As soon as Mam comes through the living room door she sniffs so hard I can hear the hair clips on her yellow pincurls chatter against each other.
It smells sooty in here, she says, and its chilly. You could have made the fire instead of sitting there with your beak in a book.
I dont like lighting the matches. You know that.
Dont be silly, Gwenni. She kneels down and begins to riddle the half burnt lumps of wood. Clouds of fine ash billow around her. A girl of thirteen, she says, and sighs.
I uncurl and push my book back under the cushion. Twelve and a half, I say.
Mam rams the half full ash pan back into place and crumples newspaper into the grate over which she lays a grid of kindling and three logs. The matches sputter and die but at last the paper catches light and the wood begins to crackle. Mam stands up and shakes the folds of her blue satin dressing gown. The stale scent of Evening in Paris drifts from them with the ash. I try to hold my breath but I feel a throb above my eyebrows, like the ghost of the dripping tap, and the back of my neck stiffens. I rub it with a cold hand, and remember what I saw in the scullery when I got up.
Theres a mouse caught in the trap, I say.
I think so.
A dead mouse wont hurt you.
Im not afraid of it. I just dont like touching it.
Mam takes the empty wood box into the scullery. Through the door I watch her as she crouches by the trap. John Morris follows her and she pushes him away with her elbow, then eases the spring from the mouses broken back and picks up the body.
Nain said she pulled a mouse out of a trap by its tail like that once. It was only pretending to be dead and it swung right round and bit her thumb, I tell her. Mam carries the corpse out through the back door and throws it into the bin. Nasty, dirty thing, she says and slams the bin lid over it.
She washes her hands under the dripping tap and says, Bring in the kettle to fill, Gwenni. The firell be hot enough. Your fatherll be wondering where his cup of teas got to.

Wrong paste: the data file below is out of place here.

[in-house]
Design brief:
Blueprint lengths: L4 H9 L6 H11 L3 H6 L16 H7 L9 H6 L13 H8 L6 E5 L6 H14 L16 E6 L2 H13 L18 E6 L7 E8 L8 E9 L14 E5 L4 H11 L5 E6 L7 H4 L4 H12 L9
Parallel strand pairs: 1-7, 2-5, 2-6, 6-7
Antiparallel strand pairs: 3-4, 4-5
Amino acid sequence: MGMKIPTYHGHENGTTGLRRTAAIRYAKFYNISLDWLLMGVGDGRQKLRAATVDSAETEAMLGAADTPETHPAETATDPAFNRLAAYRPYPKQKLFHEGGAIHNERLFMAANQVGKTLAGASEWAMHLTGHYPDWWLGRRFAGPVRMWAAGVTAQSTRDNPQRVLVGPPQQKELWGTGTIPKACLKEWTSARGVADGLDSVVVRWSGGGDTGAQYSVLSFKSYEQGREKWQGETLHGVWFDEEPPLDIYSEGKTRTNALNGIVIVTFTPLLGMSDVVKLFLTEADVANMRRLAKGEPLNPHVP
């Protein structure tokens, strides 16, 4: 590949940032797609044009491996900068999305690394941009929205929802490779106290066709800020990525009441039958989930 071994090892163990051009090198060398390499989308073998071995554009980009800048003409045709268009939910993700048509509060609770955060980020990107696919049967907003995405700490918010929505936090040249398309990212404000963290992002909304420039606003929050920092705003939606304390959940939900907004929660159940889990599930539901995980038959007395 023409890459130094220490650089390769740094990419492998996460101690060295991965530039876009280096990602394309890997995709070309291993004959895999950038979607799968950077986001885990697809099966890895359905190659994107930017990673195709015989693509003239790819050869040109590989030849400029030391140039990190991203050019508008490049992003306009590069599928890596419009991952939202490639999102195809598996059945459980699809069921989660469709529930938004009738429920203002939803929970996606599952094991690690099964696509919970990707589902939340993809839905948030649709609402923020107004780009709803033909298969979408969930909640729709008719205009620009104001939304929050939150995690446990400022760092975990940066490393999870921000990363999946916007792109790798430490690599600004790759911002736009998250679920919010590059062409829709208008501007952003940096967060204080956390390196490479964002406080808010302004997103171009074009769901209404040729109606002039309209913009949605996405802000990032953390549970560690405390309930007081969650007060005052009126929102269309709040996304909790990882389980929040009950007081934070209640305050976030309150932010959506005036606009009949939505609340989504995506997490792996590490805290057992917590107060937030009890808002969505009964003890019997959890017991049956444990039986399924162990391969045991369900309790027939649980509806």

I take the kettle into the scullery. The green distemper on the walls is beginning to peel and flake, shaping faces with sly eyes and mouths tight with secrets. There are new faces there every day. I try not to see them watching me.
Mam, I say, when I was flying last night I saw something that scared me.
Mam fills the kettle and puts it on the fire in the living room. Her hands shake and some of the water slops over onto the logs, making them hiss.
In the Baptism Pool, I say.
Dont talk rubbish, says Mam. And I thought I told you I didnt want to hear about that flying nonsense again. You havent been telling anyone else about it, have you?
I asked Aunty Lol if she could remember me flying when I was little.
How many times do I have to say it, Gwenni? People cant fly.
But I can remember it. I can, really. You and Aunty Lol were holding my hands and swinging me and then you let go and I just flew along the ground without touching it. Like this. I crouch and fold my arms around my legs.
Mam grasps my arm and yanks me up. Stop that. Stop that, she shouts. Her dressing gown slithers open and she pulls it tight around her and takes a shaky breath.
Listen to me, Gwenni. It never happened; that was a dream, too. Dont you dare say anything to anyone about it again.
Why not? I rub my arm where Mam has squeezed it.
Excerpted from The Earth Hums in B Flat by Mari Strachan Copyright © 2009 by Mari Strachan. Excerpted by permission of Grove/Atlantic, Inc. All rights reserved. No part of this excerpt may be reproduced or reprinted without permission in writing from the publisher
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